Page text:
Hall of Fame 2021: Fred Cook

Chairman emeritus, Golin; director, USC Center for Public Relations

Fred Cook has worked at Interpublic Group PR agency Golin for over 35 years and credits the company’s culture for his long tenure with the firm. He started at Golin in 1986 as managing director of its Los Angeles office, rising to become CEO of the whole agency in 2003. Having established the firm as a global powerhouse, in 2016 he evolved to become chairman, transitioning to chairman emeritus at the start of 2021.

As chairman emeritus, Cook remains part of Golin’s global executive leadership team and continues to oversee key legacy accounts. Based in Los Angeles, Cook has special responsibility for evolving the firm’s LA office to be a beacon of progressive PR.

What would your advice be for a young person entering PR in 2021?

I’m fortunate that at USC I get to give a lot of advice to young people entering the world of PR. I usually tell them they will have a great career filled with amazing opportunities if they are creative, curious and brave. And I always tell them to ask for more money.

How are the founding principles of PR relevant in today’s fast-moving and febrile comms environment?

The thing I like the most about the PR industry is that it changes all the time, mostly for the better. Today, it’s more diverse, more digital and more important. We have a lot to be proud of, but we need to do more.

The current level of polarization in the U.S. is an enormous communications problem and professional communicators should be able to help solve it. As an industry, we need to use our platform to advocate for greater understanding and empathy between people who have lost the ability to listen to each other.

Cook (right) with IPG Dxtra’s Andy Polansky at the PRWeek Global Awards in 2016.

Give us some unconventional advice from an unlikely CEO.

I wrote a book called Improvise, which is the text for my leadership class at USC. The main theme is to experiment with your life by regularly stepping outside of your comfort zone. As we get older, we fall into a pattern of repeating things that are familiar. We go to the same restaurants, read the same magazines and spend time with the same people. These innate habits are very comforting, but they stifle our creativity. Trying something new every week, no matter how small, is the only way to remain relevant.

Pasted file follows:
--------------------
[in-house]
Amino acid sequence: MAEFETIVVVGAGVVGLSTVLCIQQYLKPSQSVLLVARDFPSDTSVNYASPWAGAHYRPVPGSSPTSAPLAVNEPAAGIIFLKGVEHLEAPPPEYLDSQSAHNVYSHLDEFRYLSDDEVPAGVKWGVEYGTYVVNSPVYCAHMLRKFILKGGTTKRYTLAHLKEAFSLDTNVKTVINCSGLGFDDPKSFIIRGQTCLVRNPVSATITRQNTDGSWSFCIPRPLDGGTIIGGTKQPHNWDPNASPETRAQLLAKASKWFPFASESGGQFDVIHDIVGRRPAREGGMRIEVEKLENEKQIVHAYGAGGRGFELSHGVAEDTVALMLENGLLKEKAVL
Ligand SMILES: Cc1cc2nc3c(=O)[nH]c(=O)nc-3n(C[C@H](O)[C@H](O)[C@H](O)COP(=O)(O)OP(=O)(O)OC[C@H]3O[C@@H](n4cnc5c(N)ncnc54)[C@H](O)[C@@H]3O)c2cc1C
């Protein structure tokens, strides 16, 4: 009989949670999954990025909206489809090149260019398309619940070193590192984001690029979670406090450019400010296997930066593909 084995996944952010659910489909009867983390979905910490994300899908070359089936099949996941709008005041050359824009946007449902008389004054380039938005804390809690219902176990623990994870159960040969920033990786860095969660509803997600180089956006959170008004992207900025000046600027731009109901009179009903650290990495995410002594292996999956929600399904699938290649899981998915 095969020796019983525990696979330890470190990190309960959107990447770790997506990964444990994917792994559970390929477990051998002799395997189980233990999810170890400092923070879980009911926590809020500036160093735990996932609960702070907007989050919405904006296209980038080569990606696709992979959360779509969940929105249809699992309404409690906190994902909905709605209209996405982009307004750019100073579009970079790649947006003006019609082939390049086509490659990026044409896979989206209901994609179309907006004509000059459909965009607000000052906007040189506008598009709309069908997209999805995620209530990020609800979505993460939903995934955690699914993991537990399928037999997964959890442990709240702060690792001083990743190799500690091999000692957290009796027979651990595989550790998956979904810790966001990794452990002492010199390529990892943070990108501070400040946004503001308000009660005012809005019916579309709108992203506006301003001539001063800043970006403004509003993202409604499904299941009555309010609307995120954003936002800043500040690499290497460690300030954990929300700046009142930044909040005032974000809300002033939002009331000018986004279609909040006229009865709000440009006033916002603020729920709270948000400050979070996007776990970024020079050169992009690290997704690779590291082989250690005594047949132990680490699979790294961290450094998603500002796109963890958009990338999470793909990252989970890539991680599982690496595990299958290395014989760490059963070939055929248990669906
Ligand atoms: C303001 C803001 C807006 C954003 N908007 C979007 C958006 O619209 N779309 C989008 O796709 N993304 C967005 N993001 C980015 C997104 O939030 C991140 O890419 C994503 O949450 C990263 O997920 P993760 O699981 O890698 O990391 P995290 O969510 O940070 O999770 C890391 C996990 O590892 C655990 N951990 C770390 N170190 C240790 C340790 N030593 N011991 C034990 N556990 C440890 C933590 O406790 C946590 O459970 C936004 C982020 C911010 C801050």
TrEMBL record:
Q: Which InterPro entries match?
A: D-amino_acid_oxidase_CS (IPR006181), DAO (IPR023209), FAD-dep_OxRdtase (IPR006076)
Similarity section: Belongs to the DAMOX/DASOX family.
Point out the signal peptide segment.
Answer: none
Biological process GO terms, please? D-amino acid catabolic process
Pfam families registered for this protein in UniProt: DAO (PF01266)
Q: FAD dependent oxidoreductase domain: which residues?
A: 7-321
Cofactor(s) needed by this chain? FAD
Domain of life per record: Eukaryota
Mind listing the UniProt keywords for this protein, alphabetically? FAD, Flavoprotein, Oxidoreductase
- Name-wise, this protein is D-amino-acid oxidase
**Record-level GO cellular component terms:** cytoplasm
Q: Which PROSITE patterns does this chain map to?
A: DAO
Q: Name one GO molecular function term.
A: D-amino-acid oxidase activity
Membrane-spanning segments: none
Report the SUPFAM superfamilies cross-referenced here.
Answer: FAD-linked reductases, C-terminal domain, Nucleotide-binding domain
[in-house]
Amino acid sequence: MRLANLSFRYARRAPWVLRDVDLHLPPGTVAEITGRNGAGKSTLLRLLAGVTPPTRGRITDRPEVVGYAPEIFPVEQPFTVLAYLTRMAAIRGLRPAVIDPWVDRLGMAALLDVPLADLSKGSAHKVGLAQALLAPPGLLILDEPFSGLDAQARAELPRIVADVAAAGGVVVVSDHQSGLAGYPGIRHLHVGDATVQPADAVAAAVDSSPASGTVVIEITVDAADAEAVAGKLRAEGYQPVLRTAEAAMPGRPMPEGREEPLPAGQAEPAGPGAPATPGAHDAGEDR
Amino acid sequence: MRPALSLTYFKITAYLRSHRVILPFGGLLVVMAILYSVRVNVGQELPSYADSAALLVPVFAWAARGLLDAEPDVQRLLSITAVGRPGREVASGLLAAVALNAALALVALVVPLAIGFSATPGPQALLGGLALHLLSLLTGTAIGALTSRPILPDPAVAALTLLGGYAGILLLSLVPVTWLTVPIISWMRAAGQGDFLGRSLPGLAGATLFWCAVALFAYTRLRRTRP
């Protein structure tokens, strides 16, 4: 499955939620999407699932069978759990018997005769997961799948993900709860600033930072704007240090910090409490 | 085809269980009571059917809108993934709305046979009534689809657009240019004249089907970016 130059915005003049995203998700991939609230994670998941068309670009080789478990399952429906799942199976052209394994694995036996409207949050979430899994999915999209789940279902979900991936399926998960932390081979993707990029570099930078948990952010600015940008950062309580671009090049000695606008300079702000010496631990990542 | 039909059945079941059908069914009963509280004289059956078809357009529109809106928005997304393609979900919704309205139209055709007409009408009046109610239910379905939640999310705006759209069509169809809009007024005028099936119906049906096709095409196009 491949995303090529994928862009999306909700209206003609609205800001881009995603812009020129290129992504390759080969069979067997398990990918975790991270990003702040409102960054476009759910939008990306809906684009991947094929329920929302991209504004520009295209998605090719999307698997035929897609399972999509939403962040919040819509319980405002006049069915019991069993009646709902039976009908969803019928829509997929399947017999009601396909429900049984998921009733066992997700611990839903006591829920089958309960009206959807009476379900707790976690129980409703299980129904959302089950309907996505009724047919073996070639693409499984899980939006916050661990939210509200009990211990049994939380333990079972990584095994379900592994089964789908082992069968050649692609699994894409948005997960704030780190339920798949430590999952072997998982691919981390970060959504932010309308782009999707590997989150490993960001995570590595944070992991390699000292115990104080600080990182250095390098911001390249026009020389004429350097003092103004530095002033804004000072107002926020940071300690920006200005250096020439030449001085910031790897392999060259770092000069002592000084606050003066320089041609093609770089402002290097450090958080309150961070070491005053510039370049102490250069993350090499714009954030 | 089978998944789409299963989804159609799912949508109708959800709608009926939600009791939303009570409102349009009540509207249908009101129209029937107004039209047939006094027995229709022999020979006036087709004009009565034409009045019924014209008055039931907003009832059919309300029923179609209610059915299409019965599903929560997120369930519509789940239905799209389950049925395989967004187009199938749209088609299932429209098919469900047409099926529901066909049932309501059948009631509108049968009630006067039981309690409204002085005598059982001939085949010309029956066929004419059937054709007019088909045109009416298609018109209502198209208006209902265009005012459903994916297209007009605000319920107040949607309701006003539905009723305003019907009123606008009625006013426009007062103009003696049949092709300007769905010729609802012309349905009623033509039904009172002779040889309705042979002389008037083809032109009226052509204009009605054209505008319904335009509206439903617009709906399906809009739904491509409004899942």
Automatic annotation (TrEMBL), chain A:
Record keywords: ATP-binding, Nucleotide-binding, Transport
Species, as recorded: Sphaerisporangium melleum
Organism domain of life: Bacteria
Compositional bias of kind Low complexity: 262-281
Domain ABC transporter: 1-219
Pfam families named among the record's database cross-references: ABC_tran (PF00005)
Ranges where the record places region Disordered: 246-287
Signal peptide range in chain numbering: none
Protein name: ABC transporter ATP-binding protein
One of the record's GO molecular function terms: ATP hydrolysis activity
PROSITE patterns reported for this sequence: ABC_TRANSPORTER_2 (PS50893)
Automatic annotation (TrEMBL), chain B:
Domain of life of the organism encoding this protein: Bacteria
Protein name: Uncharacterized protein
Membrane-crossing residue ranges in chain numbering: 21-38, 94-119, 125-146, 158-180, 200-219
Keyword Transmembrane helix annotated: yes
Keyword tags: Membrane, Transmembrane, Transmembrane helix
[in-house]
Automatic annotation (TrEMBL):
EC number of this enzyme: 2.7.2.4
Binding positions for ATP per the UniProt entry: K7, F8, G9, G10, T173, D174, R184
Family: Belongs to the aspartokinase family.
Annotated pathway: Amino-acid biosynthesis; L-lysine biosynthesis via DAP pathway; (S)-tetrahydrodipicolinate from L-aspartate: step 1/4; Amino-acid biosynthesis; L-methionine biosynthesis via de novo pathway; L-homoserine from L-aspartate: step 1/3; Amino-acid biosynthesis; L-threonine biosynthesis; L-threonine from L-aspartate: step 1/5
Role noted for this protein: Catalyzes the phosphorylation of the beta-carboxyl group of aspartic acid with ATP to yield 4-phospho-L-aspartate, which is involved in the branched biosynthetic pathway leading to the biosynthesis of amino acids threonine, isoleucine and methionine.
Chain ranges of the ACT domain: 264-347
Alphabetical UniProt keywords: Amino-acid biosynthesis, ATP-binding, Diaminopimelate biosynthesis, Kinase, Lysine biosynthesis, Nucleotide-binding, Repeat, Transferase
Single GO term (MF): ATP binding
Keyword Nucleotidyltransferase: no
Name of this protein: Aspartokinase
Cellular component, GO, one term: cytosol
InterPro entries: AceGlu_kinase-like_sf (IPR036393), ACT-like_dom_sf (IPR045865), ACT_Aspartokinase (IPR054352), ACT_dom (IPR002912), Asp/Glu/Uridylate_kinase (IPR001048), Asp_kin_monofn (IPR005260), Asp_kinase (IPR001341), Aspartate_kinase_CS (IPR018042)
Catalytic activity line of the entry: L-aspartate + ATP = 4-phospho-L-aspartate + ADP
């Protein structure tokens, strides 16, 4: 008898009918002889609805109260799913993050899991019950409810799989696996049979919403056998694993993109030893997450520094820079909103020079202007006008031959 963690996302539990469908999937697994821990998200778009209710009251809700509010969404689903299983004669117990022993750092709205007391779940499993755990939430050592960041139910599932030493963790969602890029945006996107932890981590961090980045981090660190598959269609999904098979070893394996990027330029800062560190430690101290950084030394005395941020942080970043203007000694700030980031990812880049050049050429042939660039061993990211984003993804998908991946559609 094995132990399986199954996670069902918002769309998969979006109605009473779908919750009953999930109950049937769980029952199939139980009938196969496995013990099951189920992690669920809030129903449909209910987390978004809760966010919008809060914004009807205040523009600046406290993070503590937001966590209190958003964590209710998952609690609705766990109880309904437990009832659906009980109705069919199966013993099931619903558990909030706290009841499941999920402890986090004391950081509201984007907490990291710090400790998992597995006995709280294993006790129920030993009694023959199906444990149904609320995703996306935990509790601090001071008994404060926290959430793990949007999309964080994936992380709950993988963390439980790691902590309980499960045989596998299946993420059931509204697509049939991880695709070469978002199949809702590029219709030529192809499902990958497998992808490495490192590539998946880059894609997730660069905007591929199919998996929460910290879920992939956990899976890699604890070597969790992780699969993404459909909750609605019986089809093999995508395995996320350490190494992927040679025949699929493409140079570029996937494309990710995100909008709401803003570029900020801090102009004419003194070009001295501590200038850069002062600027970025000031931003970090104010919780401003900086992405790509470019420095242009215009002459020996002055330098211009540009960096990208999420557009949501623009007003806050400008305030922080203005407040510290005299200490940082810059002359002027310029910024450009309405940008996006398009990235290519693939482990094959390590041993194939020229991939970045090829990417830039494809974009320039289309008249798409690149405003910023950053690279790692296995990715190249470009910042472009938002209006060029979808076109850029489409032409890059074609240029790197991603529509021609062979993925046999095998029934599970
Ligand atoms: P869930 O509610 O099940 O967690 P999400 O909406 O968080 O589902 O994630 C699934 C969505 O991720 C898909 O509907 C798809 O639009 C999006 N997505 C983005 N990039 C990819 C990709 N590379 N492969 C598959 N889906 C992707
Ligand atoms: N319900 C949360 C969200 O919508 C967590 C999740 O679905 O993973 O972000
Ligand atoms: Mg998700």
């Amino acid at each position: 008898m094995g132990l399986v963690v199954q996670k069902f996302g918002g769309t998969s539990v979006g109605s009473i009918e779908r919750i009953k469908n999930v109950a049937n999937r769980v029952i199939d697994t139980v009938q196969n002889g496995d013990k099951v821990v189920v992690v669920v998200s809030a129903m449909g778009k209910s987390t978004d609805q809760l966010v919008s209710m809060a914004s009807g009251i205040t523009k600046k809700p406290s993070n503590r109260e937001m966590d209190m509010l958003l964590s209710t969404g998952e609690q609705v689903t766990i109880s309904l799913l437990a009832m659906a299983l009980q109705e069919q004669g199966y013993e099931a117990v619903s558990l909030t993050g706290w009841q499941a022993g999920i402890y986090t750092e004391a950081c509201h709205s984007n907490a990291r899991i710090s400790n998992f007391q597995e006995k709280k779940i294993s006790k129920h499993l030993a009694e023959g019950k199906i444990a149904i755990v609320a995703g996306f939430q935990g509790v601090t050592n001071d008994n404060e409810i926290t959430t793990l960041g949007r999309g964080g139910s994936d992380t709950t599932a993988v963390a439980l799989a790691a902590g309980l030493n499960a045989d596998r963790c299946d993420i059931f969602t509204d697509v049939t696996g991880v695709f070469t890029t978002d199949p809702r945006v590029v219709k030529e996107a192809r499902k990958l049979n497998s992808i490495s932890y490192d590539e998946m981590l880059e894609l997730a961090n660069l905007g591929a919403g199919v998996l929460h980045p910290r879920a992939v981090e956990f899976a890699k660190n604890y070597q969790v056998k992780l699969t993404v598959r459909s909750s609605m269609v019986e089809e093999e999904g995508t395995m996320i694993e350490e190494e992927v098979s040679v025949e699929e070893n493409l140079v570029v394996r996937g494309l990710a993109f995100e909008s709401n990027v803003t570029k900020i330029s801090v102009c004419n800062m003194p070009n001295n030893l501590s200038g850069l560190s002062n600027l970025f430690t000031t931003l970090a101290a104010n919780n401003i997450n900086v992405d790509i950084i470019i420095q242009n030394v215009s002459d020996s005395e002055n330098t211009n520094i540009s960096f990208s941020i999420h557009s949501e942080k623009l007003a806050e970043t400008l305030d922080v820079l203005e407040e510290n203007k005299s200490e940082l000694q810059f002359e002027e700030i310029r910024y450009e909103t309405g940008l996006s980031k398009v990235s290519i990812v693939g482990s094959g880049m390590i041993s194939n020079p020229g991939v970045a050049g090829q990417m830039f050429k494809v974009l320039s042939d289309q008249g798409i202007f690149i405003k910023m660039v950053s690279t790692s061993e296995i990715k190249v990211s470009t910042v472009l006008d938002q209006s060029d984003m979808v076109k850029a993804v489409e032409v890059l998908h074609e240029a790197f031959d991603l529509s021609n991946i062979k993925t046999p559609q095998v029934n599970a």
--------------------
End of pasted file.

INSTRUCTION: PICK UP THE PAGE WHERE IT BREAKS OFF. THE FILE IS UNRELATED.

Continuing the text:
Which of your many former jobs best prepared you for a career in PR? And why?

Being a cabin boy on a ship taught me to ask questions. Being a doorman taught me how to serve customers. Being a tour guide taught me to lead when I wasn’t sure where I was going. Running Bar-B-Q Records taught me that I would never be successful without the help of other people. Creating Sober Chauffeur taught me that if you have a good idea, run with it, even if it turns out badly.

How do you relax?

I used to run all the time. Twenty marathons. Due to a knee injury, I can’t run as fast or as far as I used to. I also ride a bike and a motorcycle. But in LA, neither is very relaxing.

Favorite sportsperson? 

Roger Federer.

Favorite drink?

Pinot Noir.

Favorite bands?

Right now: Judah & the Lion, Girl in Red and The Tallest Man on Earth. Long-term: Leonard Cohen. I’m also a big fan of Bo Burnham. I think [Burnham’s comedy special] Inside on Netflix is the best thing to come out of the pandemic.

Fred Cook with his wife, Cheryl, in Saint Petersburg, Russia, in 2015, where he spoke at a Baltic PR conference.

Which three people, living or dead, would you like to host at a dinner party? 

I find hanging out with famous people is often disappointing. I would rather spend time with my long-time friends at Golin and my wife, Cheryl. It would be nice if Al [Golin] could join us for one more dinner. I wouldn’t mind seeing my kids [son Noah and daughter Emily] more often either.

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